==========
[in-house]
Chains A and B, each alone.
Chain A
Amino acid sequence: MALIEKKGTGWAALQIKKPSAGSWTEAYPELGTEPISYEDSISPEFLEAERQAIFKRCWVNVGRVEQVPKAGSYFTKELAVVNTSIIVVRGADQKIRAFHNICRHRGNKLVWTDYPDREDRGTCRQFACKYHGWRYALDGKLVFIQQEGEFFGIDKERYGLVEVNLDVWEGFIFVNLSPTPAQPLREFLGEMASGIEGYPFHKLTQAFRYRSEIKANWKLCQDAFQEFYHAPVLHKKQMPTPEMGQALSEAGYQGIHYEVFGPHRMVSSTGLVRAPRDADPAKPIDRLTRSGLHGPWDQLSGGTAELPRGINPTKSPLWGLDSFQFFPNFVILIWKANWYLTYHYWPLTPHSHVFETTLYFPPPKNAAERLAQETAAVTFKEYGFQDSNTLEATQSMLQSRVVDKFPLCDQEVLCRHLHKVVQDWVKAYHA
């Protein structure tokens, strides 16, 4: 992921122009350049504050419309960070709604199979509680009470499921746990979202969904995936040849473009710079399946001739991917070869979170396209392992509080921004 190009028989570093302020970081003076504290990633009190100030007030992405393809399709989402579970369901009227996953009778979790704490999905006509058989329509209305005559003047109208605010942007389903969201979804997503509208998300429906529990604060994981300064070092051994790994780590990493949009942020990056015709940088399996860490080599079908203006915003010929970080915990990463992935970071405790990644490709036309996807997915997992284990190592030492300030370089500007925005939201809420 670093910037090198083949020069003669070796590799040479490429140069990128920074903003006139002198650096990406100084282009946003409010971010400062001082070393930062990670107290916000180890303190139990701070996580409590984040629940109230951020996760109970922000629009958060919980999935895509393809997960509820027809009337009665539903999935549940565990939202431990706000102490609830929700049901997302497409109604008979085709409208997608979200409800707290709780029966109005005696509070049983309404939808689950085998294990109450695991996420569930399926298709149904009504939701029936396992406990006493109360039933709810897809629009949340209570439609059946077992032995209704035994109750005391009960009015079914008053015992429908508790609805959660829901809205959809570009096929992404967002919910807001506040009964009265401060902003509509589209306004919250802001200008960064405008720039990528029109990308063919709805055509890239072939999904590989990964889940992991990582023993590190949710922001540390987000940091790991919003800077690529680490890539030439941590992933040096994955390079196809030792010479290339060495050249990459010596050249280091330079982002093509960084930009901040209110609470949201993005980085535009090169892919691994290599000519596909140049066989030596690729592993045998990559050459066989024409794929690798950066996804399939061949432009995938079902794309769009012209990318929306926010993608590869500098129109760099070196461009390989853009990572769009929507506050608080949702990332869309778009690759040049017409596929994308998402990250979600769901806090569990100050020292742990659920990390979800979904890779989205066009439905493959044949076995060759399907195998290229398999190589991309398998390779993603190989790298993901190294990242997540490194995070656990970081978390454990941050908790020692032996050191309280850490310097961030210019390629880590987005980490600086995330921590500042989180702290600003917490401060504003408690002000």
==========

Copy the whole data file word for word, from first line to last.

[in-house]
Chains A and B, each alone.
Chain A
Amino acid sequence: MALIEKKGTGWAALQIKKPSAGSWTEAYPELGTEPISYEDSISPEFLEAERQAIFKRCWVNVGRVEQVPKAGSYFTKELAVVNTSIIVVRGADQKIRAFHNICRHRGNKLVWTDYPDREDRGTCRQFACKYHGWRYALDGKLVFIQQEGEFFGIDKERYGLVEVNLDVWEGFIFVNLSPTPAQPLREFLGEMASGIEGYPFHKLTQAFRYRSEIKANWKLCQDAFQEFYHAPVLHKKQMPTPEMGQALSEAGYQGIHYEVFGPHRMVSSTGLVRAPRDADPAKPIDRLTRSGLHGPWDQLSGGTAELPRGINPTKSPLWGLDSFQFFPNFVILIWKANWYLTYHYWPLTPHSHVFETTLYFPPPKNAAERLAQETAAVTFKEYGFQDSNTLEATQSMLQSRVVDKFPLCDQEVLCRHLHKVVQDWVKAYHA
């Protein structure tokens, strides 16, 4: 992921122009350049504050419309960070709604199979509680009470499921746990979202969904995936040849473009710079399946001739991917070869979170396209392992509080921004 190009028989570093302020970081003076504290990633009190100030007030992405393809399709989402579970369901009227996953009778979790704490999905006509058989329509209305005559003047109208605010942007389903969201979804997503509208998300429906529990604060994981300064070092051994790994780590990493949009942020990056015709940088399996860490080599079908203006915003010929970080915990990463992935970071405790990644490709036309996807997915997992284990190592030492300030370089500007925005939201809420 670093910037090198083949020069003669070796590799040479490429140069990128920074903003006139002198650096990406100084282009946003409010971010400062001082070393930062990670107290916000180890303190139990701070996580409590984040629940109230951020996760109970922000629009958060919980999935895509393809997960509820027809009337009665539903999935549940565990939202431990706000102490609830929700049901997302497409109604008979085709409208997608979200409800707290709780029966109005005696509070049983309404939808689950085998294990109450695991996420569930399926298709149904009504939701029936396992406990006493109360039933709810897809629009949340209570439609059946077992032995209704035994109750005391009960009015079914008053015992429908508790609805959660829901809205959809570009096929992404967002919910807001506040009964009265401060902003509509589209306004919250802001200008960064405008720039990528029109990308063919709805055509890239072939999904590989990964889940992991990582023993590190949710922001540390987000940091790991919003800077690529680490890539030439941590992933040096994955390079196809030792010479290339060495050249990459010596050249280091330079982002093509960084930009901040209110609470949201993005980085535009090169892919691994290599000519596909140049066989030596690729592993045998990559050459066989024409794929690798950066996804399939061949432009995938079902794309769009012209990318929306926010993608590869500098129109760099070196461009390989853009990572769009929507506050608080949702990332869309778009690759040049017409596929994308998402990250979600769901806090569990100050020292742990659920990390979800979904890779989205066009439905493959044949076995060759399907195998290229398999190589991309398998390779993603190989790298993901190294990242997540490194995070656990970081978390454990941050908790020692032996050191309280850490310097961030210019390629880590987005980490600086995330921590500042989180702290600003917490401060504003408690002000």